The American Church was not prepared for this. "The public square has been lost." (P. 9)

Most American churches have succumbed. C.S. Lewis referred to the secular world as "enemy-occupied territory." The enemy is now within the camp, ruling over hearts and minds. Most churches are not safe places for followers of Jesus. They are "mostly about improving one’s self-esteem and subjective happiness and getting along well with others." (P. 10)

Dreher writes:

"Not only have we lost the public square, but the supposed high ground of our churches is no safe place either...  The changes that have overtaken the West in modern times have revolutionized everything, everything, even the church, which no longer forms souls but caters to selves. As conservative Anglican theologian Ephraim Radner has said, “There is no safe place in the world or in our churches within which to be a Christian. It is a new epoch.”" (P. 9)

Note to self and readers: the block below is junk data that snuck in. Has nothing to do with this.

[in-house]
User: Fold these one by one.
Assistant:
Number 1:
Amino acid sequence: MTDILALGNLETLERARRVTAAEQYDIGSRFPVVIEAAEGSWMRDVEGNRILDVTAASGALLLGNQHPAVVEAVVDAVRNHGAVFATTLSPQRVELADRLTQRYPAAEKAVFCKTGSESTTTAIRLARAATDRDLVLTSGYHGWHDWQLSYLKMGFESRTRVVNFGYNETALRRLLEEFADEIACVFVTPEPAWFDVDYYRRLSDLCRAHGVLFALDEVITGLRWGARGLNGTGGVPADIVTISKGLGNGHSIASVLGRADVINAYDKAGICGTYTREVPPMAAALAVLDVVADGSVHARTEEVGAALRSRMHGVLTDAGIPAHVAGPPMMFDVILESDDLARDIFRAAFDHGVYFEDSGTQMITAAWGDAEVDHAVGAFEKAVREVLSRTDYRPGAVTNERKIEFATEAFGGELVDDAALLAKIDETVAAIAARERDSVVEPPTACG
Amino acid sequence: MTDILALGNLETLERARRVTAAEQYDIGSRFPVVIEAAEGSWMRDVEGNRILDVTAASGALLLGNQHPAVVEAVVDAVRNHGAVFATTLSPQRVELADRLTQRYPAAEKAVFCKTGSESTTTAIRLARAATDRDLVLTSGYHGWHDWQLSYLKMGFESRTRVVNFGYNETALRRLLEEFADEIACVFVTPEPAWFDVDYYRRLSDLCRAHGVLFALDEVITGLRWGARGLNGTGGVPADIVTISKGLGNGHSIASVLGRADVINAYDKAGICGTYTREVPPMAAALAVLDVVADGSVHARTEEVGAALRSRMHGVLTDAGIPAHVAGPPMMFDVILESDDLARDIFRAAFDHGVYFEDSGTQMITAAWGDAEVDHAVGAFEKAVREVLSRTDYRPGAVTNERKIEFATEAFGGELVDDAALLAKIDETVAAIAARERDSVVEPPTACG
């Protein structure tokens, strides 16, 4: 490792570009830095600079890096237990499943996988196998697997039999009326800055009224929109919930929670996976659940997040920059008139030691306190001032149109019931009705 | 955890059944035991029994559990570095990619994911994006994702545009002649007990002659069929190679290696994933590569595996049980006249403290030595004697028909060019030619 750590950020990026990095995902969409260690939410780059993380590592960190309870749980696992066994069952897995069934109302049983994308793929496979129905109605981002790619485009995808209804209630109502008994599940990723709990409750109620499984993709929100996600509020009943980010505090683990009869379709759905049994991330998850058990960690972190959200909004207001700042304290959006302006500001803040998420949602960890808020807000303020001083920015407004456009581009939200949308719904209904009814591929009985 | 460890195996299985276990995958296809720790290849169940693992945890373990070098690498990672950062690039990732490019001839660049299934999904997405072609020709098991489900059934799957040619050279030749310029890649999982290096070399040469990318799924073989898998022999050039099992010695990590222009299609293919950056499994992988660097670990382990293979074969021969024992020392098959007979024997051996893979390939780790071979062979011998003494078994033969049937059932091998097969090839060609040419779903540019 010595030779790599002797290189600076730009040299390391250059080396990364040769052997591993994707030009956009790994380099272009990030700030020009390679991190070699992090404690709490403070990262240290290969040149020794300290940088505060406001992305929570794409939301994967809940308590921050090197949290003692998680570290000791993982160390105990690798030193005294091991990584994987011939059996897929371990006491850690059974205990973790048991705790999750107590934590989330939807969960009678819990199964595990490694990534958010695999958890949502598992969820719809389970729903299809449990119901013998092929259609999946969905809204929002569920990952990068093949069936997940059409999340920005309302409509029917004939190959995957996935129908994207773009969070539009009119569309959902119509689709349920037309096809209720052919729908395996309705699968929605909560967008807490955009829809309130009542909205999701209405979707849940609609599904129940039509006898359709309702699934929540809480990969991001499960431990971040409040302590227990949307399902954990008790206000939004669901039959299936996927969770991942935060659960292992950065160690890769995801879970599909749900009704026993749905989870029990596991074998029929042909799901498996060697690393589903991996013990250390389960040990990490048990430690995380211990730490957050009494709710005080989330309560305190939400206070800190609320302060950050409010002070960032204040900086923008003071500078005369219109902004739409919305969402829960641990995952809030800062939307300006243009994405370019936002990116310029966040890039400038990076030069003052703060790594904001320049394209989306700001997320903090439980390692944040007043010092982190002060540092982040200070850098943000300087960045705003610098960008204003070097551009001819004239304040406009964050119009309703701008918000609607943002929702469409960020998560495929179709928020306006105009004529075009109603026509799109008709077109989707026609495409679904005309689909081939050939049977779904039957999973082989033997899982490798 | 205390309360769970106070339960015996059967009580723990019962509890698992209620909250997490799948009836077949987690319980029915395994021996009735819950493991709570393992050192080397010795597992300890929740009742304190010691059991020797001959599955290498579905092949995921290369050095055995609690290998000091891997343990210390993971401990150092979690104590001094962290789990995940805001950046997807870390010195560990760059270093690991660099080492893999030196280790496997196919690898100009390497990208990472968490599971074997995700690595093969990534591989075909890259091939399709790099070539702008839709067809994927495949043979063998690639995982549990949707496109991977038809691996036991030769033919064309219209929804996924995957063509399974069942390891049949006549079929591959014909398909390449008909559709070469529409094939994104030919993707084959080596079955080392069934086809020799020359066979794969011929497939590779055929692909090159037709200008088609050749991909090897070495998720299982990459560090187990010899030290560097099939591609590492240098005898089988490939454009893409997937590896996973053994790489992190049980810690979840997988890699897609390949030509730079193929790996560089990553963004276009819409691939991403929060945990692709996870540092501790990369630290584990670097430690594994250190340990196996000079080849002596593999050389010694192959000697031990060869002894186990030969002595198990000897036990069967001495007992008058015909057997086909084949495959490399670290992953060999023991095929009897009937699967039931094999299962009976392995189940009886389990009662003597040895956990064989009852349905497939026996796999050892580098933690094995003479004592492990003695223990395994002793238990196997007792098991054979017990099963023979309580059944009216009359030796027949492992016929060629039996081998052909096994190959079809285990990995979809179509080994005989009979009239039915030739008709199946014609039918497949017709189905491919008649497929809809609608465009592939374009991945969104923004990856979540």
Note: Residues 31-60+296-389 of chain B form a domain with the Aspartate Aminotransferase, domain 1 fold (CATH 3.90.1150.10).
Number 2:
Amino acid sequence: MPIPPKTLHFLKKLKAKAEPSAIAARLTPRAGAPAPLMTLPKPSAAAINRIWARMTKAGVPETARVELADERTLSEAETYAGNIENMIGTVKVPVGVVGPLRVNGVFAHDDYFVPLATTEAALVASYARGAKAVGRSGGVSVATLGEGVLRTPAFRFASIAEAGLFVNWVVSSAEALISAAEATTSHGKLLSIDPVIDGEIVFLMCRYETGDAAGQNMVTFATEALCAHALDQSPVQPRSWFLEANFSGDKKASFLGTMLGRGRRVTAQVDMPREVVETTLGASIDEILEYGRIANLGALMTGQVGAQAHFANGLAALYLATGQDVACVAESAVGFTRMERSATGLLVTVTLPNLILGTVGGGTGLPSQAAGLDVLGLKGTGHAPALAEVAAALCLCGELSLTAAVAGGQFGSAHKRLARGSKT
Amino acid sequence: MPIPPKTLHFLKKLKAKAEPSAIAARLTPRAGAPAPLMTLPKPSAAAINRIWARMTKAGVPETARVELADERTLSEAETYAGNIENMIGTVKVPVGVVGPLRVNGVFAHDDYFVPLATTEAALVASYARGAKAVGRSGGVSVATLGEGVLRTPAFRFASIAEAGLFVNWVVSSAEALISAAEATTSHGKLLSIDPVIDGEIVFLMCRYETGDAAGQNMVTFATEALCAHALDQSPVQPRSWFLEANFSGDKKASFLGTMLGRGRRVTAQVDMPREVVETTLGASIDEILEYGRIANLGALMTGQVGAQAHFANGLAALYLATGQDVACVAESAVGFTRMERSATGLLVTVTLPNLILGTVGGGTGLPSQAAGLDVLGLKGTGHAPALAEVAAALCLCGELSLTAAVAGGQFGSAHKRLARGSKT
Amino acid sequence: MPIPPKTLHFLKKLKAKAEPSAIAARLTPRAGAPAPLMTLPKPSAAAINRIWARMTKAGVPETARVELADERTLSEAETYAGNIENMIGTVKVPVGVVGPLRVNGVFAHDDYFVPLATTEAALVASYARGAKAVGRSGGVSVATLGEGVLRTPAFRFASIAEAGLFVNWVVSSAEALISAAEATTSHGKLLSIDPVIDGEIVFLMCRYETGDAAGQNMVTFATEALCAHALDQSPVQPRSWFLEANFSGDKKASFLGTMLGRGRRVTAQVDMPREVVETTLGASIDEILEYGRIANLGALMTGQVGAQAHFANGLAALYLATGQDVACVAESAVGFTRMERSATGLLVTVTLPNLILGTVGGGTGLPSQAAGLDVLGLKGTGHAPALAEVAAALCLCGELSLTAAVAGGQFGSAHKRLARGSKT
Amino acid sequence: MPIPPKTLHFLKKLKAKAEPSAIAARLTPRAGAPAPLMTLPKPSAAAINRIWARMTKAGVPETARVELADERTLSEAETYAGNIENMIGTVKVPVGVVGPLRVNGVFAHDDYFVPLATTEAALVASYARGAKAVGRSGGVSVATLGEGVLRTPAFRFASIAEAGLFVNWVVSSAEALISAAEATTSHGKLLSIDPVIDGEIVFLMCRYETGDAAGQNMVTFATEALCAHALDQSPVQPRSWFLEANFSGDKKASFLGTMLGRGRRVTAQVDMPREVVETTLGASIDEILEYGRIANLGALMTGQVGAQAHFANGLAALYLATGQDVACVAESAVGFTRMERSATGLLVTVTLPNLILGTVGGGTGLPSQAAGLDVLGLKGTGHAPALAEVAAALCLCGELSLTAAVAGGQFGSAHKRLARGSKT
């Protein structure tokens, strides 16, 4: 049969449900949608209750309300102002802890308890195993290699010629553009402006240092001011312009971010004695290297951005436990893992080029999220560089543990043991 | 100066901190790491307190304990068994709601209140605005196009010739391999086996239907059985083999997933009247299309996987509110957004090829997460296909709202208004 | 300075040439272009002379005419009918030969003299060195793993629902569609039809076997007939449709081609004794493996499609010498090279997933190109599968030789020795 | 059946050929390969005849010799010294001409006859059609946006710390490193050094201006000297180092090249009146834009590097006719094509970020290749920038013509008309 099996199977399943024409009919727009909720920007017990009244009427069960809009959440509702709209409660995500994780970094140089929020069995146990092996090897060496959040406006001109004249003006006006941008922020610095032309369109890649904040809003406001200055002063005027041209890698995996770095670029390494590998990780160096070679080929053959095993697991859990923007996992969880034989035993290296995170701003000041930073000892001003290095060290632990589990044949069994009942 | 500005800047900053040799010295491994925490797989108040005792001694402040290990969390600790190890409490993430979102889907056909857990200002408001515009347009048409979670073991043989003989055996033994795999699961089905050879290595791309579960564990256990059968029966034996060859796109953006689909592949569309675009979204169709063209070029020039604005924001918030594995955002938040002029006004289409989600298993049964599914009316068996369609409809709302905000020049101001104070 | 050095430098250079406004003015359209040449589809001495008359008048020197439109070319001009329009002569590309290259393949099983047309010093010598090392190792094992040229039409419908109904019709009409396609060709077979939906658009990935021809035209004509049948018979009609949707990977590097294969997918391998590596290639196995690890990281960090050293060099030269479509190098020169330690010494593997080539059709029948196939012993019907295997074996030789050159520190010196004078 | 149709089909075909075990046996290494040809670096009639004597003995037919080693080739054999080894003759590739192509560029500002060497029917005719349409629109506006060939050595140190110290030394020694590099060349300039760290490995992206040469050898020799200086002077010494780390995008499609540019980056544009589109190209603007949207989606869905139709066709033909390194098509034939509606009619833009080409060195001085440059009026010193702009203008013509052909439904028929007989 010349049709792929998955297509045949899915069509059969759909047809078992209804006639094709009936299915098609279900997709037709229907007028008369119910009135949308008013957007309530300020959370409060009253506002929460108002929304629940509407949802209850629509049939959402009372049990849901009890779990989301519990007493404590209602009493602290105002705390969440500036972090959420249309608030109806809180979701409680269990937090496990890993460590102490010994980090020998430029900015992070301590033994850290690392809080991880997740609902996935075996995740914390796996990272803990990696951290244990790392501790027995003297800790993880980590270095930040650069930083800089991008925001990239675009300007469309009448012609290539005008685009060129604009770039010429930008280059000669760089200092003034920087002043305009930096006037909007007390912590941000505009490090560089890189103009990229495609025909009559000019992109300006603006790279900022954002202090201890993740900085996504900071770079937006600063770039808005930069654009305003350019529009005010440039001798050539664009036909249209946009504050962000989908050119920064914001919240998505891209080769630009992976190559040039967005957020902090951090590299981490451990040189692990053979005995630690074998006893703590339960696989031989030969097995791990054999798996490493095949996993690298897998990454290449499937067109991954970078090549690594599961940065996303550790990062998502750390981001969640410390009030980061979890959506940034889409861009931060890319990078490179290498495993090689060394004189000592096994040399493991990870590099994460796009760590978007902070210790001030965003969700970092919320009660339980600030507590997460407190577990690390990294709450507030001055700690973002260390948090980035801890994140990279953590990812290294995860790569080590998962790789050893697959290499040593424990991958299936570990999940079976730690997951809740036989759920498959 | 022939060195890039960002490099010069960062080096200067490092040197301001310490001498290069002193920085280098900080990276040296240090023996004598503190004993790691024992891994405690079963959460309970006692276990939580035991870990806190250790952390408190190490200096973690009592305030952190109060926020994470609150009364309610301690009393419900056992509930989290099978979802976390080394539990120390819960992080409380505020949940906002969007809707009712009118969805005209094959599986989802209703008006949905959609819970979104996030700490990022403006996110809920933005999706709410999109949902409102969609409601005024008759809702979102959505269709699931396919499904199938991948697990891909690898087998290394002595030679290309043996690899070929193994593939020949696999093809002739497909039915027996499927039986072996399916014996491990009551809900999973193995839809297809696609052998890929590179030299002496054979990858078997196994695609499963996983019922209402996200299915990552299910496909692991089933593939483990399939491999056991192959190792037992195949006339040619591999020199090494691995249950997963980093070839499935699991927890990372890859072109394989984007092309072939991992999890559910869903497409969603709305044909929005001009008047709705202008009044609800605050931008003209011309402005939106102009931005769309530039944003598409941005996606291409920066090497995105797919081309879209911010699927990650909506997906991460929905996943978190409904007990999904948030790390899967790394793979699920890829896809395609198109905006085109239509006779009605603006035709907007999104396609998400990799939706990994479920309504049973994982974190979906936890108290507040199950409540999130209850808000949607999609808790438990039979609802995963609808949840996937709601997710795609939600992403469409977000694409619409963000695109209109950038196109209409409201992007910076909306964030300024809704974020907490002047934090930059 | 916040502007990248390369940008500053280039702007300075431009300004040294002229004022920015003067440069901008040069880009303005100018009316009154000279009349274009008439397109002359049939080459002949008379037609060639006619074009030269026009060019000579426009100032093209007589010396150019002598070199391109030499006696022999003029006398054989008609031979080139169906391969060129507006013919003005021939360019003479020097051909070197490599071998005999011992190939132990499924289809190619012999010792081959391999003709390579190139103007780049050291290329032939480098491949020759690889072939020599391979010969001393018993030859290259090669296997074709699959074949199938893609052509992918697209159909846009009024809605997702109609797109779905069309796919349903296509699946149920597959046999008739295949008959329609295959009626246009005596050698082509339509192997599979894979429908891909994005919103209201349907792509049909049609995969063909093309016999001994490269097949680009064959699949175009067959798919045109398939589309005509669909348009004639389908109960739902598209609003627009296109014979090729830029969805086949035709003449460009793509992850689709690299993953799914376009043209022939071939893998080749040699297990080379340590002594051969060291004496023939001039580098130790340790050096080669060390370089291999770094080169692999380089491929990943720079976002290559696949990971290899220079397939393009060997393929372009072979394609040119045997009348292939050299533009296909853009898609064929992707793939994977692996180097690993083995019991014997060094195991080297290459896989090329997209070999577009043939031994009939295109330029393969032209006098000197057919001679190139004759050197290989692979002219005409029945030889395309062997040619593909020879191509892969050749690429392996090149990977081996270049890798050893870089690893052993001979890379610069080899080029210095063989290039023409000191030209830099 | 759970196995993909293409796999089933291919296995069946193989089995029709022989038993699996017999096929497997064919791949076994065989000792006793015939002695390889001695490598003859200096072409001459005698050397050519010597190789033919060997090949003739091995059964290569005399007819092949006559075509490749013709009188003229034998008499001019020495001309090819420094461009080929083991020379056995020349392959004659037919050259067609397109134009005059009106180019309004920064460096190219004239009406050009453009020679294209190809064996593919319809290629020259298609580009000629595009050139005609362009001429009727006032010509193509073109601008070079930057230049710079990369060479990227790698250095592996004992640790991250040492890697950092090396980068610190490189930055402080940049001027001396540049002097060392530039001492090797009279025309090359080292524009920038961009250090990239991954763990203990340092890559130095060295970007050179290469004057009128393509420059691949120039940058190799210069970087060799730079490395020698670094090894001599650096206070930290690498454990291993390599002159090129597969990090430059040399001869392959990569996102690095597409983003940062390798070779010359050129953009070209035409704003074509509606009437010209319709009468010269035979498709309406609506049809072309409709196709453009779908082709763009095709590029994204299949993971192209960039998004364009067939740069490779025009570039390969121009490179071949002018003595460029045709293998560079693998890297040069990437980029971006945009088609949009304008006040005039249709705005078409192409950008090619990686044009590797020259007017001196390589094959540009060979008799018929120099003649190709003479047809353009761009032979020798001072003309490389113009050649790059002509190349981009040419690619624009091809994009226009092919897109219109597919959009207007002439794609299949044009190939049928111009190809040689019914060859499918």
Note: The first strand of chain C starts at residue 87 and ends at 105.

"Don’t," warns Dreher, "be fooled by the large number of churches you see today... If the demographic trends continue, our churches will soon be empty."

I am working on my book Leading the Presence-Driven Church. My concluding chapter is, "God's Presence Will Win the Day." I believe this. I'll argue for: 1) decolonization; and 2) return.

Dreher writes, "many of the churches that do stay open will have been hollowed out by a sneaky kind of secularism to the point where the “Christianity” taught there is devoid of power and life." (P. 10)

Needed: God's power and life. Not human staging and hype.

Dreher writes about how Moralistic Therapeutic Deism has colonized the Church.